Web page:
This is not an altogether bad thing. As Old Vietnam recedes and the past assumes its rightful place in the past, New Vietnam retains an uncanny ability to beguile, confound, and delight. And it can still summon up Old Vietnam when you need it to. You can spend the afternoon hitting the racks at edgy Saigon fashion shop L’Usine (whose industrial space is decorated, cheekily, with old bikes)—then channel your gauzy Indochine fantasies over dinner at the gorgeously retro Cuc Gach Quan. You can gallery-hop through Hanoi’s boundary-pushing contemporary art scene, then play out your sepia-toned reveries among the crumbling godowns and vintage typewriter shops of the Old Quarter. Few cultures can evoke such a swoon-worthy vision of their history (“They mint nostalgia like money over here,” an expat friend jokes) and also embrace what’s next with equal vigor. And so this is what travel in Vietnam has become in 2011: forever moving between the past and future tense, never quite touching down in the present.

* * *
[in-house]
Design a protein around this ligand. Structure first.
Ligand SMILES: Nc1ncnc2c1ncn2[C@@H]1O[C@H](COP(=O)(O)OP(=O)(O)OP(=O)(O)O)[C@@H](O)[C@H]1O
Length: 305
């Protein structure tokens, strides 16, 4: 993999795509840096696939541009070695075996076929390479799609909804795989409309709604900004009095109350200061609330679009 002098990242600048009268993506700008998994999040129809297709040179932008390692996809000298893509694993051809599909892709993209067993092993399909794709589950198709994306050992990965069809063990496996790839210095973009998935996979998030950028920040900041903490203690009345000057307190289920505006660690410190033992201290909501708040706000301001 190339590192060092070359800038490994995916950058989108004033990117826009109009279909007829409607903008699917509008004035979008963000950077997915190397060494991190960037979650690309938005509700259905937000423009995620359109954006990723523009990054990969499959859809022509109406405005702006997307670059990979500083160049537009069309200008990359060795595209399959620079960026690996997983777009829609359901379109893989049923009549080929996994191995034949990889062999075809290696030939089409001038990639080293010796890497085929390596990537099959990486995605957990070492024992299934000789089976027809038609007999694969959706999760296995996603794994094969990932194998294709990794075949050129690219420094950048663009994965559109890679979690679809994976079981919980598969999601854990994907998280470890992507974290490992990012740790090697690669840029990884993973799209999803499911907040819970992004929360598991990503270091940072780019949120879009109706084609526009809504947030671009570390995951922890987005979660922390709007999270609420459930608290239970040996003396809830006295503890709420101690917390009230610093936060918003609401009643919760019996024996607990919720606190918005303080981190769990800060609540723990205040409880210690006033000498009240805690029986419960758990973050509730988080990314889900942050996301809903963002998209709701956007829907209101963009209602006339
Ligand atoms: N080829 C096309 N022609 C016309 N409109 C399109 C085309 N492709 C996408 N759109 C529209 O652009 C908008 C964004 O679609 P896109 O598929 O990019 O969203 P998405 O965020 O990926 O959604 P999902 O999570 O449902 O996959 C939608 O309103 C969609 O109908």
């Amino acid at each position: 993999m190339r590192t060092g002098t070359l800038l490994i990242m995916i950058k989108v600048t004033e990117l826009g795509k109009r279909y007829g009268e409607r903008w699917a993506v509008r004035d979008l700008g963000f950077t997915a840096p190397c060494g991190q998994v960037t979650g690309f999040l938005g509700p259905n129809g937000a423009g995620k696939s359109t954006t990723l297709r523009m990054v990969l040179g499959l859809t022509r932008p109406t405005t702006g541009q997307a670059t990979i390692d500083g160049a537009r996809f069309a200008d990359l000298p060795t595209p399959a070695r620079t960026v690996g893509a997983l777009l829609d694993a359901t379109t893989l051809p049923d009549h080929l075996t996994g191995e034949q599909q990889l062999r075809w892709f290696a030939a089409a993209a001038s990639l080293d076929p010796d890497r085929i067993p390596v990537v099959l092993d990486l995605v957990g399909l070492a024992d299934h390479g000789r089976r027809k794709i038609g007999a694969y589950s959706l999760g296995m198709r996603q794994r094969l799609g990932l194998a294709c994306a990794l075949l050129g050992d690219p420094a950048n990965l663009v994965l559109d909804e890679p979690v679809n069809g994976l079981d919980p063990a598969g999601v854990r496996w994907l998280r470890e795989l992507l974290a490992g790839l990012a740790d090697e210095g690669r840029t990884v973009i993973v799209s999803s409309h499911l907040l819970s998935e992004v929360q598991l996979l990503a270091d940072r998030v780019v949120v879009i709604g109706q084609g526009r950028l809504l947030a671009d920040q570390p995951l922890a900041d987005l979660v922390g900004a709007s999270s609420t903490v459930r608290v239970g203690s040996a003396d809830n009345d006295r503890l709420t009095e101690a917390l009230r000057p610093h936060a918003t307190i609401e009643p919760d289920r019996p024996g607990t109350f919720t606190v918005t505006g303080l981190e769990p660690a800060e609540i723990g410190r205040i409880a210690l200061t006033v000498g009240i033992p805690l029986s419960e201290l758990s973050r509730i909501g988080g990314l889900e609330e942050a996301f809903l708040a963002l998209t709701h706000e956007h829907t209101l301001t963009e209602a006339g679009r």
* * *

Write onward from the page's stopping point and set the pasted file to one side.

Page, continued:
On pale, cool mornings in Hanoi, there are few things better than a walk around the lake, when mist hangs low over the water. Jet lag has me up before sunrise, so the shoreline is empty but for the old men and women silently practicing tai chi. I’ll make a few circuits, scanning the glassy surface for turtles, then return to the Metropole hotel for breakfast. With its collection of steamer trunks and antique telephones, the lobby looks much as it did in 1901, when Frenchwomen paraded through with parasols and petticoats.
One morning during a recent stay I awoke well before dawn, in the midst of the strangest dream. In the dream I was sitting in the Metropole lobby, sipping Vietnamese coffee with condensed milk, when one of those decorative old phones actually began to ring. I picked up the brass-plated receiver.
“Allo?” said a distant, crackling voice.
“Oui?” I replied.
“It’s the past calling,” said the voice, in French. “Have you seen what’s become of me?”
“Only in glimpses,” I replied. And then I woke up.